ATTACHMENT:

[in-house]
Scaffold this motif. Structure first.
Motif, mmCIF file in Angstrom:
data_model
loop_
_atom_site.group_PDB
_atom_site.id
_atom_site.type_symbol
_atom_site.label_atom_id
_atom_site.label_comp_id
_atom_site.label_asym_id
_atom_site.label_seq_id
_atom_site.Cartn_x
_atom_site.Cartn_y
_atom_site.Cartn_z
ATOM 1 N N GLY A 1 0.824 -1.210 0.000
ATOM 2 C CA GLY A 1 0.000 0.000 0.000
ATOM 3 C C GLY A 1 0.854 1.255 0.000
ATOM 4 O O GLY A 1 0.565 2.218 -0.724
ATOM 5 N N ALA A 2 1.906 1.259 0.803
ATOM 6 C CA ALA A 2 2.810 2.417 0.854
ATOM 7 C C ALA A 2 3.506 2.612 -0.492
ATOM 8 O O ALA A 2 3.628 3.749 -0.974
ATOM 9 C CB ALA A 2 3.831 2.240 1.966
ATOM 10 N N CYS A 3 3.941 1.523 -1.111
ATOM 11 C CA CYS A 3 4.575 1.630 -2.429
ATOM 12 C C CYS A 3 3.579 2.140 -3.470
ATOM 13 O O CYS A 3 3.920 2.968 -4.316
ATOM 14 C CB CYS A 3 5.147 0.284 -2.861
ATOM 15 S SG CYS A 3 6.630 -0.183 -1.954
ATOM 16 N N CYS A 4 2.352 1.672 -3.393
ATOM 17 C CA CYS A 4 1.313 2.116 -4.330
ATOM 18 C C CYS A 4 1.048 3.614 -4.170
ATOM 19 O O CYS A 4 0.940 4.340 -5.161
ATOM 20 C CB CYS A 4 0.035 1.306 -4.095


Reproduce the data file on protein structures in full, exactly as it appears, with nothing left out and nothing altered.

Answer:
[in-house]
Scaffold this motif. Structure first.
Motif, mmCIF file in Angstrom:
data_model
loop_
_atom_site.group_PDB
_atom_site.id
_atom_site.type_symbol
_atom_site.label_atom_id
_atom_site.label_comp_id
_atom_site.label_asym_id
_atom_site.label_seq_id
_atom_site.Cartn_x
_atom_site.Cartn_y
_atom_site.Cartn_z
ATOM 1 N N GLY A 1 0.824 -1.210 0.000
ATOM 2 C CA GLY A 1 0.000 0.000 0.000
ATOM 3 C C GLY A 1 0.854 1.255 0.000
ATOM 4 O O GLY A 1 0.565 2.218 -0.724
ATOM 5 N N ALA A 2 1.906 1.259 0.803
ATOM 6 C CA ALA A 2 2.810 2.417 0.854
ATOM 7 C C ALA A 2 3.506 2.612 -0.492
ATOM 8 O O ALA A 2 3.628 3.749 -0.974
ATOM 9 C CB ALA A 2 3.831 2.240 1.966
ATOM 10 N N CYS A 3 3.941 1.523 -1.111
ATOM 11 C CA CYS A 3 4.575 1.630 -2.429
ATOM 12 C C CYS A 3 3.579 2.140 -3.470
ATOM 13 O O CYS A 3 3.920 2.968 -4.316
ATOM 14 C CB CYS A 3 5.147 0.284 -2.861
ATOM 15 S SG CYS A 3 6.630 -0.183 -1.954
ATOM 16 N N CYS A 4 2.352 1.672 -3.393
ATOM 17 C CA CYS A 4 1.313 2.116 -4.330
ATOM 18 C C CYS A 4 1.048 3.614 -4.170
ATOM 19 O O CYS A 4 0.940 4.340 -5.161
ATOM 20 C CB CYS A 4 0.035 1.306 -4.095